In an ideal world, your moldmaker would only use KO pins in your plastic injection mold. However, most injection molded parts are just not that simple.
KO Blades increase the ejection surface area more than KO pins. The rectangular shape of the blade lends itself to ejecting ribs. A 1/32 KO Blade offers more surface area than a 1/32 KO Pin which makes it stronger and better suited for this application.
Sleeves eject boss features best. A sleeve, a hollowed out KO pin, fits over a center core pin. It forms the internal geometry of the part while the sleeve ejects on the outside diameter of the plastic part. Experienced moldmakers use standard sleeve sizes to reduce cost and ease maintenance.
Strippers eject high cavitation closure molds. An entire stripper plate ejects 32, 64, 128 or more parts at one time. Strippers also eject unique shapes along the outside of the part. The inside of the stripper plate follows the outside contour of the plastic part. During ejection the stripper plate lifts the outside of the part to eject from the injection mold.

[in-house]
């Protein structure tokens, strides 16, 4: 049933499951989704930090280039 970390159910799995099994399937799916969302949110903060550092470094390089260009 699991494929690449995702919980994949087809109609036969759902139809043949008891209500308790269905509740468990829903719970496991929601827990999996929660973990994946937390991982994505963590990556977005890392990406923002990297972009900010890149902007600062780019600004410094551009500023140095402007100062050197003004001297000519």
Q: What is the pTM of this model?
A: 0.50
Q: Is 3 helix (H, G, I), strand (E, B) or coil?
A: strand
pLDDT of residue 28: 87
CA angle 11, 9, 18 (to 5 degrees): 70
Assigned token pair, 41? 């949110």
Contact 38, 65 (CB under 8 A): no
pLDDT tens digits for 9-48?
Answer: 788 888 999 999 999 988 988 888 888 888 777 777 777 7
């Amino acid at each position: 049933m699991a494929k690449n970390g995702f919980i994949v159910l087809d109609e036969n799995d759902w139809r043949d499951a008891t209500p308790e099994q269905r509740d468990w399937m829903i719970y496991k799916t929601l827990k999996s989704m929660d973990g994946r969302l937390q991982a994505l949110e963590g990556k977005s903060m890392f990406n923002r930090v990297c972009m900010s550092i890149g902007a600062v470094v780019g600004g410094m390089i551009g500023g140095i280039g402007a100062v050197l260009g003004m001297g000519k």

If a cam does not retract properly, a KO pin placed underneath the cam will damage the mold upon ejection. Your moldmaker should avoid having ejector components underneath any cams.
The injection mold designer should follow the preferred order of ejection types. KO pins are reliable, inexpensive to purchase, easy to install, easy to maintain, and easy to modify. Sleeves increase the expense to purchase and install. KO blades require extra cost for the pocket and fitting. Strippers offer the most expensive of the ejection options since they are a completely custom component driven by the part geometry.
Developing your ejection strategy starts with an overall consideration of the mold design in relation to the part design which will illuminate how each of the ejection components interact with one another and the molded part. The types of ejection chosen will factor into the immediate costs of building the mold and also the long-term costs of maintenance. A robust ejection strategy will improve the quality of the parts, optimize the immediate and long-term costs related to the mold, and increase the time the mold spends making parts.
Paul Thal is the General Manager at Thal Precision.